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Source Evaluation and Credibility: Journals and Magazines

Identify Journal Types

Scholarly/Academic

Popular

Trade/Professional

Articles from scholarly, peer-reviewed, academic, and refereed journals are more credible than articles from popular or trade journals ('magazines') because they have gone through the most rigorous review process.  They also have the most references or citations. Popular magazines are not considered to be a very credible source type because there is no peer review, and there are very few citations.  However, unlike blogs, published magazines usually do uphold journalistic standards of not publishing lies or slander that could result in litigation. Trade or professional journals bridge the gap between scholarly and popular sources in that they are aimed at a quite specific audience, yet can be enjoyed by the layman.

Identify academic / scholarly sources by these points:

Identify popular sources by these points:

Identify trade or professional journals by these points:

  • contain bibliographies or reference lists and sources cited
  • written for a specialized, academic audience
  • uses terminology or jargon of the discipline
  • often lengthy articles
  • little or no advertising
  • only necessary graphics
  • list of review board members (for the journal, not for each article)
  • author and review board credentials and affiliations are given
  • generally no bibliography, references, or citations
  • written for a general audience at an easy reading level
  • jargon and overly technical terms are avoided
  • shorter articles
  • lots of advertisements
  • lots of graphics
  • no formal review process, though may be fact-checked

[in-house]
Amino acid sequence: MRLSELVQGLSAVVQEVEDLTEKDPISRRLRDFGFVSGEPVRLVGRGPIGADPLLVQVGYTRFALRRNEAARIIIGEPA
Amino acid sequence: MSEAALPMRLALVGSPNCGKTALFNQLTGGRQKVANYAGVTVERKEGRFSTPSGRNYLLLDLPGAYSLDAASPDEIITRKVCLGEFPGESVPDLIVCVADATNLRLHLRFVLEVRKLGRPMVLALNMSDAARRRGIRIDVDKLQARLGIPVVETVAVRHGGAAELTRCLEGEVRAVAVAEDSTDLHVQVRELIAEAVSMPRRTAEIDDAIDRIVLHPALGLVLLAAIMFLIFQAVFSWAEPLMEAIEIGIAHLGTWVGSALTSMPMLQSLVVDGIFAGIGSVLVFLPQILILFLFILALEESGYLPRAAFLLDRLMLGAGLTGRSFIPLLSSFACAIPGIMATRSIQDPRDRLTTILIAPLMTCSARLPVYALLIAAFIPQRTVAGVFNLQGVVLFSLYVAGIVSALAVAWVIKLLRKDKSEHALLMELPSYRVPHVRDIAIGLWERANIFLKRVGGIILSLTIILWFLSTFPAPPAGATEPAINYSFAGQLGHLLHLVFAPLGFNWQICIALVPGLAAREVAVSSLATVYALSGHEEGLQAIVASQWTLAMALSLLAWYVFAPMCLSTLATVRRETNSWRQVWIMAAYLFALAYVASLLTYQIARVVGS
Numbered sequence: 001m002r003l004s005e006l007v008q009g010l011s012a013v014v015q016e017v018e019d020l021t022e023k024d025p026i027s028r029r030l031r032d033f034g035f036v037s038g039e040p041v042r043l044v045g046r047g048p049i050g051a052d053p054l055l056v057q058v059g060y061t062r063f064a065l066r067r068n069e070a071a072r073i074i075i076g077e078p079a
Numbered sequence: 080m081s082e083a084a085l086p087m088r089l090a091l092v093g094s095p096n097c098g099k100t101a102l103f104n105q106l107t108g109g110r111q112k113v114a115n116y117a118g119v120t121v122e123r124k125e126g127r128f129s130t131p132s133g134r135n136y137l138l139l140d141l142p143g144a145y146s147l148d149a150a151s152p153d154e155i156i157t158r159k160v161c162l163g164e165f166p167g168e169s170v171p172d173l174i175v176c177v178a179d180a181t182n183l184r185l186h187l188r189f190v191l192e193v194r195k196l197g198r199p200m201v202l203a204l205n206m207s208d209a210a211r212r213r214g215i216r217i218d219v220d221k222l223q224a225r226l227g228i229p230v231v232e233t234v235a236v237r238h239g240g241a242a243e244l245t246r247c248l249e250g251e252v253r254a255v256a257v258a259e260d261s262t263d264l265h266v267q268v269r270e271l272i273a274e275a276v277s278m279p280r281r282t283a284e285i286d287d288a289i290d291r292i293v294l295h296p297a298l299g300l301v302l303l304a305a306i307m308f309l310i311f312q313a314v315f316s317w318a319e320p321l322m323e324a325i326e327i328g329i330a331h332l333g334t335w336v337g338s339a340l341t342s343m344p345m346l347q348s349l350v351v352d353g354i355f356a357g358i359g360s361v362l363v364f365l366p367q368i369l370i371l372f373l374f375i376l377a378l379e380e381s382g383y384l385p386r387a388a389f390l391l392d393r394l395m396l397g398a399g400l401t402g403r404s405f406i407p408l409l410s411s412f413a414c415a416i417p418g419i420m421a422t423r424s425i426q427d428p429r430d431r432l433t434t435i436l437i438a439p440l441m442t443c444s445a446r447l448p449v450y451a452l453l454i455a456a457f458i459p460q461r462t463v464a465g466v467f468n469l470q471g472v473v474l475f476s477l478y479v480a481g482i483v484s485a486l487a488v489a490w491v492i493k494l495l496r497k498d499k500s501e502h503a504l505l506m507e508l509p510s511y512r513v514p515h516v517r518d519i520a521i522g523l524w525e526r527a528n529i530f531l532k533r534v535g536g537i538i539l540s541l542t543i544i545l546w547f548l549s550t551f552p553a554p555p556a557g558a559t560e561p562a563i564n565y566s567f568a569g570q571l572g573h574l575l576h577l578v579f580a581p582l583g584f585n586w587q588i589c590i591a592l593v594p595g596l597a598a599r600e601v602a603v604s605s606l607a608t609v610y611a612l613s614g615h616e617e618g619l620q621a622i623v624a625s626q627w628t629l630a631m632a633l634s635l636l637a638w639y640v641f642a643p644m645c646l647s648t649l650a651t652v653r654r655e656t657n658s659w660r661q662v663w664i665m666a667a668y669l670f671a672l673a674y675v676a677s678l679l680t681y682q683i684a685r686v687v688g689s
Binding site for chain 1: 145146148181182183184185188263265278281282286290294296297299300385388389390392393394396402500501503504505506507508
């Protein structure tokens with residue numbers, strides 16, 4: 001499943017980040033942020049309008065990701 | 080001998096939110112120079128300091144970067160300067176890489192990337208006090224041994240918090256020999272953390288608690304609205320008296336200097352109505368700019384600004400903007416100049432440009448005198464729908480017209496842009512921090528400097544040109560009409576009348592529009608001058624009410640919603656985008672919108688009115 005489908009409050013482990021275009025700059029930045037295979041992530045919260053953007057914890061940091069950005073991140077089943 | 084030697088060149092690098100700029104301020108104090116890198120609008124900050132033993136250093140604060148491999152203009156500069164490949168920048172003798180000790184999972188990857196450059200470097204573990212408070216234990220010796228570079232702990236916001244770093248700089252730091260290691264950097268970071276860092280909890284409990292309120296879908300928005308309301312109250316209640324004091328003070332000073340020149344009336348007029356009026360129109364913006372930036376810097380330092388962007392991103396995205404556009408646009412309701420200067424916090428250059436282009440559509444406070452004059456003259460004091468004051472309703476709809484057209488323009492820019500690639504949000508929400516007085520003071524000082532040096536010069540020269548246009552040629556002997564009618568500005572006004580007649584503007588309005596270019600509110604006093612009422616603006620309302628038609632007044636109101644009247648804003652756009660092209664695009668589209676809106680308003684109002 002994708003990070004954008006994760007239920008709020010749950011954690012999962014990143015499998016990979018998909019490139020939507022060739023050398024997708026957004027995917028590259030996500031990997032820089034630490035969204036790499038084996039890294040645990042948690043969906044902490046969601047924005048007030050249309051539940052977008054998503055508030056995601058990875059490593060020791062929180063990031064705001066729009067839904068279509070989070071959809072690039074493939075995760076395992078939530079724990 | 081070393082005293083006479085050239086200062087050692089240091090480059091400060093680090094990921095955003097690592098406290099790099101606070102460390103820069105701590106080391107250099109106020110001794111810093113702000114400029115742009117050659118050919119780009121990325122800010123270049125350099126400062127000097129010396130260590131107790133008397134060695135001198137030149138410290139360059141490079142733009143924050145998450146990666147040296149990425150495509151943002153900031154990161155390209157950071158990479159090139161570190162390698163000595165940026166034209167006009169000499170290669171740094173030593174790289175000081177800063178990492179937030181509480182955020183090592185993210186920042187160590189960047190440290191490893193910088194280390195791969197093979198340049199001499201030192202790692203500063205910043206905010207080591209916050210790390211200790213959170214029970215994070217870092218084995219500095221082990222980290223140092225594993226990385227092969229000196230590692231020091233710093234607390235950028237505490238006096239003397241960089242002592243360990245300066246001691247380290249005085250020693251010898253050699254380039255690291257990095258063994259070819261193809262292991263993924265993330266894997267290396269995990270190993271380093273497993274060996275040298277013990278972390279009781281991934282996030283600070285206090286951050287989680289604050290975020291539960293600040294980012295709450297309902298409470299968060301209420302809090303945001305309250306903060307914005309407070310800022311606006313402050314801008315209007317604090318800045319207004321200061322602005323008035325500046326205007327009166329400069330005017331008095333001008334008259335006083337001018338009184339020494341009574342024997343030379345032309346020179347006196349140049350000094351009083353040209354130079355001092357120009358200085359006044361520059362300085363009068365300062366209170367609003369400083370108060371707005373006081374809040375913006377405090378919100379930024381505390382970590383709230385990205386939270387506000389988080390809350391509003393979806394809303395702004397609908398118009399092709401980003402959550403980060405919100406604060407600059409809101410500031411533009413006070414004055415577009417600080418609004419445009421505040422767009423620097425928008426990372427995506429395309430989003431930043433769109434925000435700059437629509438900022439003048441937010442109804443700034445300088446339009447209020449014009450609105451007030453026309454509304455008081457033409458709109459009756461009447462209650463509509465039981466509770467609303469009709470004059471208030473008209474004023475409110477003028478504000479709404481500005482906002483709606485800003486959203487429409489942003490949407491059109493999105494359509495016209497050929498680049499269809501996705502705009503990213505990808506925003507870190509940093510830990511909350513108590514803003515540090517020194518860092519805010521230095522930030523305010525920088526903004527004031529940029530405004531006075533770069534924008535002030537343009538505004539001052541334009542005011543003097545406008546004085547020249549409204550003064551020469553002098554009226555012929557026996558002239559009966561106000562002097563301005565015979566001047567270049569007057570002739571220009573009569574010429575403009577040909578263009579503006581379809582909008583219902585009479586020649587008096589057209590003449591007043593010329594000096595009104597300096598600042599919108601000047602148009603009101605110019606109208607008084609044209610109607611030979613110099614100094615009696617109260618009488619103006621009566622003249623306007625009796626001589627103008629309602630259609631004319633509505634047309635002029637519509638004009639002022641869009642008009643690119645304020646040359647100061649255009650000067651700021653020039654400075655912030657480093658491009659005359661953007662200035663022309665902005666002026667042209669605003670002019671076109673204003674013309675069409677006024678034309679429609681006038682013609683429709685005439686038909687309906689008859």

• author and editor credentials and affiliations not required
  • very few bibliographies, reference lists, or citations
  • written for a somewhat specialized audience, but at a general reading level
  • may use terminology or jargon but contains explanations
  • short to medium-length articles
  • lots of advertisements
  • lots of graphics
  • no formal review process, though may be fact-checked
  • author and editor credentials and affiliations not required

Bias in Magazines

Sometimes it is difficult to determine whether a magazine's focus is conservative, liberal or radical. One way to determine this is by using Magazines for Libraries by William and Linda Sternberg Katz (R 050.25 M189, located near the Reference Desk). The magazines listed below are a sample of various points-of-view to get you started. 

Conservative Liberal Radical/Communalistic

* Current issues of these magazines are also available for browsing at the library. Journals and magazines are arranged alphabetically by title.

Please keep in mind that online versions of magazines may not contain all of the articles in a particular issue, or allow you full access to the whole article.